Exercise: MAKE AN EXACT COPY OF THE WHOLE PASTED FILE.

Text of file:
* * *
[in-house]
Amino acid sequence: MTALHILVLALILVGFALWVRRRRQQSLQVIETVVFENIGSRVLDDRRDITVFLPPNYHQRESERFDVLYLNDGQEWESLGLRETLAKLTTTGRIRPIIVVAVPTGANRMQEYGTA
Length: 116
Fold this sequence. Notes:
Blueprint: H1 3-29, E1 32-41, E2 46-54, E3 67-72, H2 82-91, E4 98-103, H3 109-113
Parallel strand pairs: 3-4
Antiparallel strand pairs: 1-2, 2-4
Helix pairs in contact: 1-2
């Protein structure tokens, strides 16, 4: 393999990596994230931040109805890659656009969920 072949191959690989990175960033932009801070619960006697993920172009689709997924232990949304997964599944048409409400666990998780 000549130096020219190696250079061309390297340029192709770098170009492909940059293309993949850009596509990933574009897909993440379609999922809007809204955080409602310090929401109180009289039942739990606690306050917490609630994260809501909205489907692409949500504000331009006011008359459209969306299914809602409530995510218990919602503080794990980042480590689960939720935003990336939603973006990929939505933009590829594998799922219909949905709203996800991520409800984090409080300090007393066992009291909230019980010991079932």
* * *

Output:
[in-house]
Amino acid sequence: MTALHILVLALILVGFALWVRRRRQQSLQVIETVVFENIGSRVLDDRRDITVFLPPNYHQRESERFDVLYLNDGQEWESLGLRETLAKLTTTGRIRPIIVVAVPTGANRMQEYGTA
Length: 116
Fold this sequence. Notes:
Blueprint: H1 3-29, E1 32-41, E2 46-54, E3 67-72, H2 82-91, E4 98-103, H3 109-113
Parallel strand pairs: 3-4
Antiparallel strand pairs: 1-2, 2-4
Helix pairs in contact: 1-2
């Protein structure tokens, strides 16, 4: 393999990596994230931040109805890659656009969920 072949191959690989990175960033932009801070619960006697993920172009689709997924232990949304997964599944048409409400666990998780 000549130096020219190696250079061309390297340029192709770098170009492909940059293309993949850009596509990933574009897909993440379609999922809007809204955080409602310090929401109180009289039942739990606690306050917490609630994260809501909205489907692409949500504000331009006011008359459209969306299914809602409530995510218990919602503080794990980042480590689960939720935003990336939603973006990929939505933009590829594998799922219909949905709203996800991520409800984090409080300090007393066992009291909230019980010991079932």